Also, when I started DMing Encounters (season 3 of 4E), we got cool maps and the printed adventure as reward for running. For a short while, they offered other adventure rewards (I still have my DM-award copy of the 4E version of “Hidden Shrine of Tamoachan”). Plus there were often give-aways for players, too… like custom d20s for each season, or those add-on cards they published that you could get for attaining certain session goals.

Nowadays, the adventure isn’t even printed out for us (we have to use our own ink), there are no maps or dice or other “freebies” beyond a faction folder, and the adventures feel like the idea of running them in 2-hour blocks at a store with multiple tables of shifting players is an afterthought. Heck, I’ve even had to use many of my old 4E maps to create representations of the 5E encounters fight areas. It’s sad, and it makes it even harder to get new DMs. All the DMs at my current FLGS (including myself) work at the store, so at least we get our hourly salary while running. It’s just impossible to find volunteers willing to put in the work for no reward.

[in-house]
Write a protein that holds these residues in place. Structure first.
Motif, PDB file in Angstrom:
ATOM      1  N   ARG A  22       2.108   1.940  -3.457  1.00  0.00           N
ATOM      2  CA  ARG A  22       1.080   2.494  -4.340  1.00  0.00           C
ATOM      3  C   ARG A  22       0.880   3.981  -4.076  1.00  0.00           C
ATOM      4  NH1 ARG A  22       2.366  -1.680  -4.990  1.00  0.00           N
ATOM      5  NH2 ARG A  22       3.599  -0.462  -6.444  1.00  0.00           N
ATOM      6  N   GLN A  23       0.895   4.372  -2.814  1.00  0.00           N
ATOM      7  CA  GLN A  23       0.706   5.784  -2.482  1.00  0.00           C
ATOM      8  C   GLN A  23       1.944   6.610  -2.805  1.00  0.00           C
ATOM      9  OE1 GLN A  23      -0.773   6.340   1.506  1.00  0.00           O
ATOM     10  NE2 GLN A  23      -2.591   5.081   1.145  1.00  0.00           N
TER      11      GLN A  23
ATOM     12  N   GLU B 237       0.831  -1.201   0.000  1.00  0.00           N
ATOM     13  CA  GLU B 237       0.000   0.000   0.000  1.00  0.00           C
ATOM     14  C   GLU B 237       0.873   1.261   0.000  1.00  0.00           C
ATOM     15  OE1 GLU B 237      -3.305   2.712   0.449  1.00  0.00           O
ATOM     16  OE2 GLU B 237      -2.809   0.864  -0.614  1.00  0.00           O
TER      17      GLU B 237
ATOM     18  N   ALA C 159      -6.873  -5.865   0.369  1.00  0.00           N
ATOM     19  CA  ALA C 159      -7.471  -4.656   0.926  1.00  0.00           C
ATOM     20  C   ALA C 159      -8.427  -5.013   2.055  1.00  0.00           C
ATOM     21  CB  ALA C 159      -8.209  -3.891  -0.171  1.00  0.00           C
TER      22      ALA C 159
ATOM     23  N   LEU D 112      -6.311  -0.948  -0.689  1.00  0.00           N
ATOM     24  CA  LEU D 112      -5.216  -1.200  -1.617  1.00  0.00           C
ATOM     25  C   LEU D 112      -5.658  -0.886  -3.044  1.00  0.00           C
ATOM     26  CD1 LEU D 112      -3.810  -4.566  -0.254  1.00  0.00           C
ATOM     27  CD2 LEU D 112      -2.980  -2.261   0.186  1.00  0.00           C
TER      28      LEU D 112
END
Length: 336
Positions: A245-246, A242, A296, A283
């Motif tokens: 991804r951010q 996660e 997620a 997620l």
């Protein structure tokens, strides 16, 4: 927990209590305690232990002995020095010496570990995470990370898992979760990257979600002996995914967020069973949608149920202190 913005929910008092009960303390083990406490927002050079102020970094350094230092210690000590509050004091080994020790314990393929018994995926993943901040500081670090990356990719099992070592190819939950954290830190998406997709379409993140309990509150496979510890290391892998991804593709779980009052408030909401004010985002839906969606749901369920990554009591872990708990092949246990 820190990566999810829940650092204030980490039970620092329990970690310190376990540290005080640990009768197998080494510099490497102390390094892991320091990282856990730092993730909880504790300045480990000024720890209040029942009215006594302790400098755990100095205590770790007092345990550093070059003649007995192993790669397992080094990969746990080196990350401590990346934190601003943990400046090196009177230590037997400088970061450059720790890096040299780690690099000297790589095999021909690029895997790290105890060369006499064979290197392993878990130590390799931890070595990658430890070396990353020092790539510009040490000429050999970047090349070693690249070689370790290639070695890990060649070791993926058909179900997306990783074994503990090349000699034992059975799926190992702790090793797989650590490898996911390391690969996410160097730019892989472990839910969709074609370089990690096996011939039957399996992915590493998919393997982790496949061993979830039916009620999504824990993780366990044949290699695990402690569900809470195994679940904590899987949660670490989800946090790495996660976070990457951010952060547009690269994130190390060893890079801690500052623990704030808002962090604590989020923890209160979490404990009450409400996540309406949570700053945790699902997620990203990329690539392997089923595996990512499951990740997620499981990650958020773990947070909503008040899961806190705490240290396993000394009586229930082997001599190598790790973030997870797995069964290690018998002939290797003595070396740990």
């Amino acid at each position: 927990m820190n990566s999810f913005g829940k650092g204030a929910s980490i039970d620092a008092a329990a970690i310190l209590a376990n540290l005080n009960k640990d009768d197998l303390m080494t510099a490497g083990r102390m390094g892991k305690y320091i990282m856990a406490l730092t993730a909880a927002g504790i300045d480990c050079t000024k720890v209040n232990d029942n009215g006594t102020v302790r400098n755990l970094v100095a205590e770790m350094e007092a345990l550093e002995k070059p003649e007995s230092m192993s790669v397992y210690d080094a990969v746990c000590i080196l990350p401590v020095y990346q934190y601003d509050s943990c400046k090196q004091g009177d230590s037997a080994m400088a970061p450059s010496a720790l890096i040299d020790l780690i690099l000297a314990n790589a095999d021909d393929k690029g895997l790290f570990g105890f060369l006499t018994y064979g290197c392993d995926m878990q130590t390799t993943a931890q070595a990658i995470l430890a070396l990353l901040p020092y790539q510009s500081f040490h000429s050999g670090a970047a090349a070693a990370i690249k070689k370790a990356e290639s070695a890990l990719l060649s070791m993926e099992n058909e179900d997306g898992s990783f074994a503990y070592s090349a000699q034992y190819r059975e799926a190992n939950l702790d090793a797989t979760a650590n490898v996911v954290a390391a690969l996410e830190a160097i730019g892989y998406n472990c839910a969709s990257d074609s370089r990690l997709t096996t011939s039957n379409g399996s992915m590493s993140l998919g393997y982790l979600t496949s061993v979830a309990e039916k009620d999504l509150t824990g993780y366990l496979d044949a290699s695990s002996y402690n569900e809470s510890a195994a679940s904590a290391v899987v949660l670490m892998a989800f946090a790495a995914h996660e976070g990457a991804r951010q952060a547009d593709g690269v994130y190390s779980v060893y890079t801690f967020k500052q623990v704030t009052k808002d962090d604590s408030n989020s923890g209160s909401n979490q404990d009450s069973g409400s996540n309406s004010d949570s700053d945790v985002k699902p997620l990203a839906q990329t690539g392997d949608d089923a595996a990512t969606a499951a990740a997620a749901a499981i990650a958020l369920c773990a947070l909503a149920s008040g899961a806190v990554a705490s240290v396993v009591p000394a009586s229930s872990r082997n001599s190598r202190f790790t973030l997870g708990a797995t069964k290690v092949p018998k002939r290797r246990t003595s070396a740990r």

Recently I bought the new Zendikar/Eldrazi duel deck from Magic the Gathering, WotC’s other big property. It had lots of freebies, including 2 spin-down d20 counters, deck boxes, and (most importantly) playtested content designed to work well in the way they were presenting it (for out-of-the-box immediate play). The artwork was all fully printed, everything I needed was already there in front of me, with no PDF downloads needed. I guess it shouldn’t surprise me that MtG is allowed to include stuff like that in their releases, because they bring in WAY more money than D&D ever could hope to, and stuff like freebies probably have to pass a profit test from the Hasbro parent company. But still, it was nice to see a product that reminded me of the old D&D Encounters.

4 Dillon November 18, 2015 at 12:16 pm

I own a store int he bay are called bigger better games that is going on its 6th month and I just started D&D encouters night.

I charge 2-5 dollar donation per player half of which goes to the DM ins tore credit to buy materials the other half is for raffle/prizes. We do a participation award, painted miniature award…etc…

It has been very popular in its first month and I have 3-4 DMs now and due to space I am limited to two tables so I had to open another night which is already filling up.

I just wish D&D had more product people bought…most players steal stuff off the internet… I support RPGs as they were my first love and/ I know it fosters store loyalty. Players do buy other stuff such as board games and card games…